“Generally, the individuals involved in marketing, communications and social media would work closely together. Where there is an internal reputational risk, HR would also be involved. In some cases, depending on the severity of the reputational risk, the legal team would also be involved.”

New platforms, new threats

No business is immune to reputational risk, suggests McDermott, therefore it is crucial to have a solid, well-tested reputational management strategy in place. Reputational risk can arise because of many different scenarios, including poor customer service, inferior quality products, disgruntled employees and sometimes even an innocent mistake.

“That said, many organisations presume this will never happen to them, therefore when they are hit by a crisis, they spend more time trying to figure out how to deal with the problem, rather than actually addressing it.”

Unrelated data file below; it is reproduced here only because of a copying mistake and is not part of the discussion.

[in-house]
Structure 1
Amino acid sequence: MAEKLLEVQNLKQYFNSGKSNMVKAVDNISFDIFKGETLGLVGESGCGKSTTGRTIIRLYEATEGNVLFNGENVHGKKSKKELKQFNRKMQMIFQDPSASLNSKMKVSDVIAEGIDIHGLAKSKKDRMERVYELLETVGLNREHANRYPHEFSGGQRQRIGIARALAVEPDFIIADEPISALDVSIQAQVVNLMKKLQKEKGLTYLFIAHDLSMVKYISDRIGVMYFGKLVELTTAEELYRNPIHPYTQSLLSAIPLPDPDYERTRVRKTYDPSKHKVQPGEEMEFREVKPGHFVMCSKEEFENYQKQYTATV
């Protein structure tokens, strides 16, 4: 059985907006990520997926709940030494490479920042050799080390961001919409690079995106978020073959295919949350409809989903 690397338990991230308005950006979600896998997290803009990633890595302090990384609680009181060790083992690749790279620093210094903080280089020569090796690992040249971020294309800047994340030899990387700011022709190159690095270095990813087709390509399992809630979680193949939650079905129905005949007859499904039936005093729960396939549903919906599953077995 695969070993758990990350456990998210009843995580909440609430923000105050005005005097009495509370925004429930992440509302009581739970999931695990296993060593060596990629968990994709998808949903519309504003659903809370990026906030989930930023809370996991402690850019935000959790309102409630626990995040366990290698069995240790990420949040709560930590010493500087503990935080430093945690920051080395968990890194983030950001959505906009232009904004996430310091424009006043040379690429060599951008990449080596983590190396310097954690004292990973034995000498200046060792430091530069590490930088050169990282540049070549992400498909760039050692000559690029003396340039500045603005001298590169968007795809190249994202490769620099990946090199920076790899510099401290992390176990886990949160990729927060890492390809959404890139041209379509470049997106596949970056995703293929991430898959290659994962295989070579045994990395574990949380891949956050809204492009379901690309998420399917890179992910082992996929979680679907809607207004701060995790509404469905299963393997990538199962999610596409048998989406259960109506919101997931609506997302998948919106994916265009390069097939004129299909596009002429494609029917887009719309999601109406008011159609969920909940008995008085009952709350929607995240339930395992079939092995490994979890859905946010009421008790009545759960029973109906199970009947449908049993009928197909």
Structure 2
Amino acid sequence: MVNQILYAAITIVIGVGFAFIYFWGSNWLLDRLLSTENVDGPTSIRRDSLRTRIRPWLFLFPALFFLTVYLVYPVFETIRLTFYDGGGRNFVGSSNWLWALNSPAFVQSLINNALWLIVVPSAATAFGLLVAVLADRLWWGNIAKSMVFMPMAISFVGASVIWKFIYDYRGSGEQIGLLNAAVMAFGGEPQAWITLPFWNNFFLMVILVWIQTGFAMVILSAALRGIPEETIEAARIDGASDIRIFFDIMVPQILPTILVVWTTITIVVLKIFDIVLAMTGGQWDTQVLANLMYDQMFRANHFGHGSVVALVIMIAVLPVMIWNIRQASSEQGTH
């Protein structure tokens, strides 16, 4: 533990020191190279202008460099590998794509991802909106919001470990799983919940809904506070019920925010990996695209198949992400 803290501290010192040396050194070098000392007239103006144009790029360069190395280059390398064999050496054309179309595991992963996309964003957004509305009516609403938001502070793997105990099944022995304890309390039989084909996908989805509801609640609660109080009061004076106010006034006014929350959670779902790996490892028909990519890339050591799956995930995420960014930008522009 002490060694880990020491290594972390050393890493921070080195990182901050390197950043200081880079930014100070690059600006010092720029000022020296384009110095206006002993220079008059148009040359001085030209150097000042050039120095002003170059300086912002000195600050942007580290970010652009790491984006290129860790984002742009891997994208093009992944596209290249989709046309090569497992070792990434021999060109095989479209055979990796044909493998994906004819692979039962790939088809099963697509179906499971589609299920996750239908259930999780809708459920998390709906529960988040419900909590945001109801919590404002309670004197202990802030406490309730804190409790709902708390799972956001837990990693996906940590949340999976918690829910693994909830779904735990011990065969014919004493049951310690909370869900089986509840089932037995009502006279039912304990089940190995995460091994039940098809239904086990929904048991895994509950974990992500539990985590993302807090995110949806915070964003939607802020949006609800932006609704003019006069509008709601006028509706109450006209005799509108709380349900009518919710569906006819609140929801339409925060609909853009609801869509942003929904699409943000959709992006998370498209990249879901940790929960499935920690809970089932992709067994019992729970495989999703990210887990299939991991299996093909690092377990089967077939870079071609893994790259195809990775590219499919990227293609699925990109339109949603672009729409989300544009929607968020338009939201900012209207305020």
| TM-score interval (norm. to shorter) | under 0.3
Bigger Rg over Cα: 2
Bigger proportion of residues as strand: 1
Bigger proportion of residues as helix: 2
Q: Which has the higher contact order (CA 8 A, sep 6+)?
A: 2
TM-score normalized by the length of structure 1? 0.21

Social media platforms also pose a threat, according to Foster, as – given the technology platforms available – an ill-informed or inappropriate comment could have a severe negative effect on a company’s reputation. “This could result in either management or the governing body being unnecessarily tied up in in trying to implement damage control measures, in order to protect or restore the company’s reputation.”

McDermott agrees about social media, indicating that it has definitely added another layer of complexity to reputation management.

“One of the biggest challenges most companies face in this regard is that they are not monitoring their social media assets effectively. There are a large variety of tools available to do so, but these come at a cost. They also do not pay enough attention to notifications on their social media assets. This could be due to a lack of resources, or a lack of understanding of the need thereof. “

“The second challenge when it comes to social media is that companies often use automated tools to schedule their posts beforehand. This means that if they don’t look at what is going on in the world, they could quite easily end up accidentally with an untimely post that is deemed unsavoury, because it is out of context.”